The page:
“Underwear is one of the things homeless women never get,” Willimer said. “They might come across a coat or a sweater, but they seldom get underwear.”

The same goes for menstrual products. Shelter staff asked Marlowe about bringing some to the facility, and I Support the Girls was born.

It’s changed a lot over the last five years, Willimer said, especially within the last several months. The coronavirus pandemic has altered the way Willimer and her volunteers operate, though not necessarily in a bad way. They’ve received more Amazon purchases, for example, because it’s easier for donors to buy online and send products directly to Willimer, rather than going out to the store. She’s also fielded more requests for menstrual products, bras and underwear from local organizations that house food pantries.

And as need has increased, so has the amount of donations.

“I’m very lucky,” Willimer said. “It’s not the same for every director in other parts of the country. Some are really struggling to get stuff. But I have to say that the generosity of some of the local churches, the Girl Scouts, various organizations, we’ve been really lucky that we’ve not only had financial contributions, we’ve had actual donations of goods, and then we have a really good volunteer base, as well.”

Despite all of the donations—Willimer said they hit about half of last year’s intake in May alone—the organization is still in need. Maxi pads are at the top of the list.

“Particularly with a lot of these organizations that we work with, there are lots of women and girls who don’t use tampons, so they specifically ask for maxi pads,” Willimer said. “What we’re doing at the moment is, say I get a pack of 96 maxi pads. Instead of giving them that pack, we split them. At the moment, we’re repackaging everything into bags of 20. If you’re taking it back to your home or your bathroom or your bedside cabinet or wherever you keep them, having a big pack isn’t such a big deal. But if you’re on the street, or if you’re in temporary accommodation, having a pack of 96 maxi pads takes up a lot of room.”

And Willimer has done all of this while recovering from breast cancer.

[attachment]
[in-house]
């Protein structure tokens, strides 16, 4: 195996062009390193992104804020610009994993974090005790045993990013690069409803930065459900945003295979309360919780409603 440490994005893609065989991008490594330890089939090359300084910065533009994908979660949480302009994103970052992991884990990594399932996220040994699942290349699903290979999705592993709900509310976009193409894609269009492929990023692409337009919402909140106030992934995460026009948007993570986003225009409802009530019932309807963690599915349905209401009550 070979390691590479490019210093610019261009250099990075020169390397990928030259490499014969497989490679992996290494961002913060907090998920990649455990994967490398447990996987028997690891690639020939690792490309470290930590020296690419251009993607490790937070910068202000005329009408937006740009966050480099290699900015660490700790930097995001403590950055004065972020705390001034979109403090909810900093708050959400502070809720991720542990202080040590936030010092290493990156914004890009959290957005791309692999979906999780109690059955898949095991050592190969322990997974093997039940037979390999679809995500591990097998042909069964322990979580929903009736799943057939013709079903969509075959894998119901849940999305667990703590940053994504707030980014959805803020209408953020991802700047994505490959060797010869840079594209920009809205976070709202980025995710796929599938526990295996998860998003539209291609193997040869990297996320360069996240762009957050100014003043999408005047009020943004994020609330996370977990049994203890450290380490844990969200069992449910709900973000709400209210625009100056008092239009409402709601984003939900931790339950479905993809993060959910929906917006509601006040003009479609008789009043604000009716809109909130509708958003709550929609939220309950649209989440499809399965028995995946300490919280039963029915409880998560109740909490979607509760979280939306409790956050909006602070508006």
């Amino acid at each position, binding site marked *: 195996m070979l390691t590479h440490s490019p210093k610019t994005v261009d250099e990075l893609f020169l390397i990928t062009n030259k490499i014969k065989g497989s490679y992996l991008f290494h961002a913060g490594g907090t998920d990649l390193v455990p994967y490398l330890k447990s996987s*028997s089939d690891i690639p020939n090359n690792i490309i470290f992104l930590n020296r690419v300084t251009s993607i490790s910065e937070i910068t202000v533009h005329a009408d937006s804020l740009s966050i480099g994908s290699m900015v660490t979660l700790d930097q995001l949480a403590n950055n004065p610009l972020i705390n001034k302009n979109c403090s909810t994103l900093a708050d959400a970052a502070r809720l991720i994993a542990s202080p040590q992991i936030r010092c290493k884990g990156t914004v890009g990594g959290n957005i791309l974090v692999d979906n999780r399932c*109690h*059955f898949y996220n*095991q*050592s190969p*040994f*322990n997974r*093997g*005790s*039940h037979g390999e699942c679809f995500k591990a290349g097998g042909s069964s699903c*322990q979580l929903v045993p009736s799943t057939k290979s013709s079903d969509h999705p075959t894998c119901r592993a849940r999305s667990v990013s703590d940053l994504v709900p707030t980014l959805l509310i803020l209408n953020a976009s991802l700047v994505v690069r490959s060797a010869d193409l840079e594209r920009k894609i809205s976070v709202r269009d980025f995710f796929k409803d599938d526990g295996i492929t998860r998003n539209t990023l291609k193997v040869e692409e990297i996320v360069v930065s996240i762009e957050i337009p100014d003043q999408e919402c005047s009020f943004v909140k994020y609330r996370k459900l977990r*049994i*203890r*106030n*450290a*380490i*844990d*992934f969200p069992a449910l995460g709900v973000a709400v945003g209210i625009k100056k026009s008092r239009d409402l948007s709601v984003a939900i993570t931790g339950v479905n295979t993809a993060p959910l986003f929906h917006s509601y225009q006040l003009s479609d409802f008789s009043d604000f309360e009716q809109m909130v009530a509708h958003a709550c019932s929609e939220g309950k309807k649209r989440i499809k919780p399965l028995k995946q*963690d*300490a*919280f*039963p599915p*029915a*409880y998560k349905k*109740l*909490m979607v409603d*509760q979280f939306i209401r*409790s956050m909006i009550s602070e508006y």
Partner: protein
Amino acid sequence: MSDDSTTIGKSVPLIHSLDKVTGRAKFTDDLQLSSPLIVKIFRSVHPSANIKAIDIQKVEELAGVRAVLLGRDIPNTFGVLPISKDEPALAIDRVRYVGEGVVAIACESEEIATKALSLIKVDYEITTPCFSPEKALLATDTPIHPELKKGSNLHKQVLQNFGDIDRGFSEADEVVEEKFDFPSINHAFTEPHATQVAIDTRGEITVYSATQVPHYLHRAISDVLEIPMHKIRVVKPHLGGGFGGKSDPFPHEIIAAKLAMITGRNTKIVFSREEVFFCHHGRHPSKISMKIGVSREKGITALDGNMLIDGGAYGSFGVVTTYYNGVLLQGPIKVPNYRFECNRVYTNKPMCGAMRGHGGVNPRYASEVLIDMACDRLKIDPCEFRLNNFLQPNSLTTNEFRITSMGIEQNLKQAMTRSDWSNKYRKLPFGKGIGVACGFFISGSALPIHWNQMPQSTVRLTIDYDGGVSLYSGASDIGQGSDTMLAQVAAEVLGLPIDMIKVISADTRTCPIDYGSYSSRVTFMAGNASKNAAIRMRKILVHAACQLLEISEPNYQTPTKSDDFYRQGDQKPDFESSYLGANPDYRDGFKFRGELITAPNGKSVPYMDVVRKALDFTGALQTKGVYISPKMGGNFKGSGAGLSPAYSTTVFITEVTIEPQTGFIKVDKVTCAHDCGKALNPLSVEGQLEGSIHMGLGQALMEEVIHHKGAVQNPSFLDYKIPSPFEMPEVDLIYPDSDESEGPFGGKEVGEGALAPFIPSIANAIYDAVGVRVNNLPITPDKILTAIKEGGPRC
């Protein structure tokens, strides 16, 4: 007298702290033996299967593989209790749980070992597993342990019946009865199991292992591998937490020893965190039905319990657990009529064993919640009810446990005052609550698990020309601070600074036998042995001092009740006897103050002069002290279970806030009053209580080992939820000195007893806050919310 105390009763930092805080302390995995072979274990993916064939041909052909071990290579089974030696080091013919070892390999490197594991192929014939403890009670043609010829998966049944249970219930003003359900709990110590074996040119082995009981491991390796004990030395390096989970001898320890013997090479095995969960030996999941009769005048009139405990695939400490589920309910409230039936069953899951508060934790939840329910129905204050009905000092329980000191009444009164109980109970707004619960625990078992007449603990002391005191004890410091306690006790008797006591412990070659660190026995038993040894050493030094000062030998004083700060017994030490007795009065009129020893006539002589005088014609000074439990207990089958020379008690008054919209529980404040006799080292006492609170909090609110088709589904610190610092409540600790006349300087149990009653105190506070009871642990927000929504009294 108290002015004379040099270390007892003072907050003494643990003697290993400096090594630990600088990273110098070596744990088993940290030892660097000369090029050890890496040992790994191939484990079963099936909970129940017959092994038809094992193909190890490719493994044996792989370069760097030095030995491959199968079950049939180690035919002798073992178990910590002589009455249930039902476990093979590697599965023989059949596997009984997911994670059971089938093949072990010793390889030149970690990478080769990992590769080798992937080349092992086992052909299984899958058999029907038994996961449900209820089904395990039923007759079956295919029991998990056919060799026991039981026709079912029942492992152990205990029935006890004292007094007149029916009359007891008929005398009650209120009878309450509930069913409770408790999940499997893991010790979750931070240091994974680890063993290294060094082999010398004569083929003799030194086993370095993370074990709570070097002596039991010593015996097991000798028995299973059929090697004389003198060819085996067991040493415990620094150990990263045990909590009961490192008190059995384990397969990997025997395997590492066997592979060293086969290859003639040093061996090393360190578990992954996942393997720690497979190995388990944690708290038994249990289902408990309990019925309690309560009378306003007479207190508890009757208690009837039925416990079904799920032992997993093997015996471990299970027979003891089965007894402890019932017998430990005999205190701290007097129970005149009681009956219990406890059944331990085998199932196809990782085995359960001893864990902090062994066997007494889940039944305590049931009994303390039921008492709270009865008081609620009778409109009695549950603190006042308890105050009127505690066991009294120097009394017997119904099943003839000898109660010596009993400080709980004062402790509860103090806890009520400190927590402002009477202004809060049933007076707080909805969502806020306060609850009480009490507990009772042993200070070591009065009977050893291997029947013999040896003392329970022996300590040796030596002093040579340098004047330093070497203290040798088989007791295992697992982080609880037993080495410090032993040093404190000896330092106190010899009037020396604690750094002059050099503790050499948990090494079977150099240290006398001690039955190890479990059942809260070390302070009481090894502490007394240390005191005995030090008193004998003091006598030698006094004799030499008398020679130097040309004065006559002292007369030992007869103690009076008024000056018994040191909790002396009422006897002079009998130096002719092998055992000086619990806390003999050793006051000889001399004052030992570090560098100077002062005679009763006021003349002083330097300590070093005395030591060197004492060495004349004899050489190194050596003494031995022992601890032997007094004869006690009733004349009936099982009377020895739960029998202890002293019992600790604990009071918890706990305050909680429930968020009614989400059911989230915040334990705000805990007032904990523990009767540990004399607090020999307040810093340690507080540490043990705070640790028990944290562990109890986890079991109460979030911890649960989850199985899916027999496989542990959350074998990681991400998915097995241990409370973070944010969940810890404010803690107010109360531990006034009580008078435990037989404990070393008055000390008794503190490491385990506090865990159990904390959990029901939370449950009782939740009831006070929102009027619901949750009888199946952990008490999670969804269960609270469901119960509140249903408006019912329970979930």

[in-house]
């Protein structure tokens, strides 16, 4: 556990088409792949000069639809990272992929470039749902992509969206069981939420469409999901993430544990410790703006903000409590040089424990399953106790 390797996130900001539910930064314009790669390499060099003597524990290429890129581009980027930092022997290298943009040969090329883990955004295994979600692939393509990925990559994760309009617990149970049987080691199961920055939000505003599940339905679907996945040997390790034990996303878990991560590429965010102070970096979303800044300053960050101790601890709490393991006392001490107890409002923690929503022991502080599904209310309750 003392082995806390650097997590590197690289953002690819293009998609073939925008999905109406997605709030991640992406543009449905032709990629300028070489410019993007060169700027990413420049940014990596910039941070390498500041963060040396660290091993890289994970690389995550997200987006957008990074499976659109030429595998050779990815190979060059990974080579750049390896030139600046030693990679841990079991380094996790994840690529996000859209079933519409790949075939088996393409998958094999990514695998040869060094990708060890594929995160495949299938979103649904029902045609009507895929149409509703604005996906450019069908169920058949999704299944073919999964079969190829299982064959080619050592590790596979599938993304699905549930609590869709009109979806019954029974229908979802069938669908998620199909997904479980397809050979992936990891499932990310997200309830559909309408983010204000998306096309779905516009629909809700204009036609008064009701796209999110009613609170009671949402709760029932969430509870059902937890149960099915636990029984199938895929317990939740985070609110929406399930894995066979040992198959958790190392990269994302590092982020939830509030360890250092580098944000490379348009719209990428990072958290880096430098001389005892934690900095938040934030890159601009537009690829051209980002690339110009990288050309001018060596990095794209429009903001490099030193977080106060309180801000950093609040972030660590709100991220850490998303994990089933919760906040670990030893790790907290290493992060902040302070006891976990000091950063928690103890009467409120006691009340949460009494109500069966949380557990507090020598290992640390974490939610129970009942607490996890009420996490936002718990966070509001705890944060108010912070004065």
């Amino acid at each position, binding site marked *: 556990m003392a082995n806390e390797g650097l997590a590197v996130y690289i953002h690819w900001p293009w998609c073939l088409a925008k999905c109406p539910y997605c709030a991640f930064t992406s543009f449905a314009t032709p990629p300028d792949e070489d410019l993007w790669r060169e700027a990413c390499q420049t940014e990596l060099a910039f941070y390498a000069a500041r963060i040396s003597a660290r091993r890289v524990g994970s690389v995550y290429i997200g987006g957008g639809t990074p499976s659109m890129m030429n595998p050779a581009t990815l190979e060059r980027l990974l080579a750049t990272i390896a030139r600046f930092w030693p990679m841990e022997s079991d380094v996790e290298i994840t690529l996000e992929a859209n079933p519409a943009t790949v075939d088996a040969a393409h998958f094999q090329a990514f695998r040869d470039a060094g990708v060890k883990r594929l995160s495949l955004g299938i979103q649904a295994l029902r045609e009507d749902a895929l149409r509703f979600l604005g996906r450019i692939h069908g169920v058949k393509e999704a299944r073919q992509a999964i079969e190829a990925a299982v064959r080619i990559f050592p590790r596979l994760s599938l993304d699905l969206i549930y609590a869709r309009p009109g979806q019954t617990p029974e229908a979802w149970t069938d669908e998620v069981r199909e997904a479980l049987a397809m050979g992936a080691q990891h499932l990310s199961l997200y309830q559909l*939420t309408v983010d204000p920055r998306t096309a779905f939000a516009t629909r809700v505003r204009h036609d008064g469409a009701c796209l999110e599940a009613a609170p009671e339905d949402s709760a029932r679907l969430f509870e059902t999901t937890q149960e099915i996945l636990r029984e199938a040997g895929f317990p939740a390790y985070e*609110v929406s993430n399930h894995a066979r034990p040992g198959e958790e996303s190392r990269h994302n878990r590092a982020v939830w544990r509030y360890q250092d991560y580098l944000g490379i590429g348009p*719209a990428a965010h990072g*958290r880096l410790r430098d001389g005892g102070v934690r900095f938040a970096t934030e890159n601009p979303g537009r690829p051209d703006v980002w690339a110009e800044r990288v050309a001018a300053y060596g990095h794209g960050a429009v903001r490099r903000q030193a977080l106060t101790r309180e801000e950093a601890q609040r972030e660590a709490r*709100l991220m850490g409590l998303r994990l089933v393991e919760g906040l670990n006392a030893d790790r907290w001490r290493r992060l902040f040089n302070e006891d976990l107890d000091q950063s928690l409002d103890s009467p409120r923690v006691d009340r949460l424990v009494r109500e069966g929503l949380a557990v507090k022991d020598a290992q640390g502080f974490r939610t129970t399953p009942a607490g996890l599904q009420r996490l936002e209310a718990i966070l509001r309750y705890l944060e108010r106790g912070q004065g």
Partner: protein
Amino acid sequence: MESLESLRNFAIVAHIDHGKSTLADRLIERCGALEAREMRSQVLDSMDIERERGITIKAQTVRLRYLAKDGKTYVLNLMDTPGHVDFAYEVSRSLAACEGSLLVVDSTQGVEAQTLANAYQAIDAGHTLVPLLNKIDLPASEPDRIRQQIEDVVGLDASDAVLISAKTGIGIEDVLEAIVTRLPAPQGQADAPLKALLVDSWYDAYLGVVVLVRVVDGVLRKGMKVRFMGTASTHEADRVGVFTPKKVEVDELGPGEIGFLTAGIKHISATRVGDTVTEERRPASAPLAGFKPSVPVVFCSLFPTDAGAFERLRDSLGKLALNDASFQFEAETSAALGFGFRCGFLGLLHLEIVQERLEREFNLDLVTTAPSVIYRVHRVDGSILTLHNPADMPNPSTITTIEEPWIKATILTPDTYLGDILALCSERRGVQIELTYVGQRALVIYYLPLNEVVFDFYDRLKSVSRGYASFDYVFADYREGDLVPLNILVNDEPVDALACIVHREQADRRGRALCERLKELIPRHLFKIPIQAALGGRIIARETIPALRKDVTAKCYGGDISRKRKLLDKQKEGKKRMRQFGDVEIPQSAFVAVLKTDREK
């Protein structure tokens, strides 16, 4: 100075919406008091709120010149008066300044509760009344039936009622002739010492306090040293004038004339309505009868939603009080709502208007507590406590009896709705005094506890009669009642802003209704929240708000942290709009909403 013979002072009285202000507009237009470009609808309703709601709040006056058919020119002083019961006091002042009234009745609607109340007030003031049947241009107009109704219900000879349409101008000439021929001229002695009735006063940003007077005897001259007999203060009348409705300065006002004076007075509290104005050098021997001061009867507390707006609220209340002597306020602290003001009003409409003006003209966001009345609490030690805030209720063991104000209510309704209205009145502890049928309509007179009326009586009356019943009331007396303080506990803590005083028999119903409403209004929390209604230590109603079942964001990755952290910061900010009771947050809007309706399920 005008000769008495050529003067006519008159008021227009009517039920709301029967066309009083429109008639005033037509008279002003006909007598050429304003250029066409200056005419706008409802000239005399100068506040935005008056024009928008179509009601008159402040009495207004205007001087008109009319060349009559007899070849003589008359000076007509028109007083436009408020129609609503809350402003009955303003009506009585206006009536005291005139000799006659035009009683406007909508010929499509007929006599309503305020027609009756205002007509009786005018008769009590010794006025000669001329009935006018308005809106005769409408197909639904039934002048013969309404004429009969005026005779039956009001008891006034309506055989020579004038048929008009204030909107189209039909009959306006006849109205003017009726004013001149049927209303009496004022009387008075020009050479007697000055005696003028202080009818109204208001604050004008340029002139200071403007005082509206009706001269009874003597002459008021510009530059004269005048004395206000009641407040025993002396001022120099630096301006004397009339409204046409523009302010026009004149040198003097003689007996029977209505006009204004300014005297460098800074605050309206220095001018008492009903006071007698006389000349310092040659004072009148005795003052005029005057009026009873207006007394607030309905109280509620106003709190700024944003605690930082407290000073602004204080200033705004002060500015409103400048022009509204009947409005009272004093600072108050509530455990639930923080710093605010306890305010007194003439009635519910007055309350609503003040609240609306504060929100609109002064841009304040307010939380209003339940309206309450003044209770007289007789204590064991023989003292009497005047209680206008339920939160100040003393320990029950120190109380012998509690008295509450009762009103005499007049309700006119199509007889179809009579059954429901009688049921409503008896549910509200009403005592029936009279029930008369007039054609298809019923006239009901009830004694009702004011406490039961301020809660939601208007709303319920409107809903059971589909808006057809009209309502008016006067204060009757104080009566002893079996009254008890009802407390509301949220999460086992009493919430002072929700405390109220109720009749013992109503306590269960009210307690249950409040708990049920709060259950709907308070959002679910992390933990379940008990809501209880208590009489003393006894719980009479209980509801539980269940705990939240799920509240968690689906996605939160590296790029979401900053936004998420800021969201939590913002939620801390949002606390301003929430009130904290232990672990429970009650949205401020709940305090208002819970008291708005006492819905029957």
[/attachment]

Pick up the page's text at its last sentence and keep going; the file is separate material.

She was diagnosed at an early stage in August of 2018 after months of trying to convince her doctors that something was not right.

“I have always been such an advocate of feeling your boobs, if you’ll pardon the expression, and also knowing your body,” she said. “I actually had two mammograms, two ultrasounds, and they couldn’t find anything. I said, ‘I know there’s something wrong.’”

Finally, a thermographic image revealed something deep in her left breast. An MRI confirmed it. She had a lumpectomy and underwent radiation treatment, but she couldn’t quite sit still.

“I have to keep busy,” she said. “I’m either a person who does absolutely nothing or I’m on the go. It was good for me to be on the go, and I was very lucky that I had people who came around and packed and boxed and labeled while I sat. Because of this, I’ve also started a breast cancer bra bank.”

Willimer had products that she no longer needed, and this is common, she said—once recovered, or after undergoing reconstructive surgery, patients no longer need items like mastectomy bras, prostheses, headwear and surgical bras.

Her experience also inspired her to start looking into ways to provide testing to women who may not otherwise have access.

“I’m a huge advocate for testing,” she said. “I’ve been talking to people about helping transient women get mammograms. They’re the ones who don’t, and they’re the ones who wait until the last minute when something’s wrong, and they’re the ones who don’t always survive. It’s all about early diagnosis.” 

For those who know Willimer, it’s just another example of her passion for advocacy.

“My husband used to say I would stand on one soapbox, and now I stand on two.”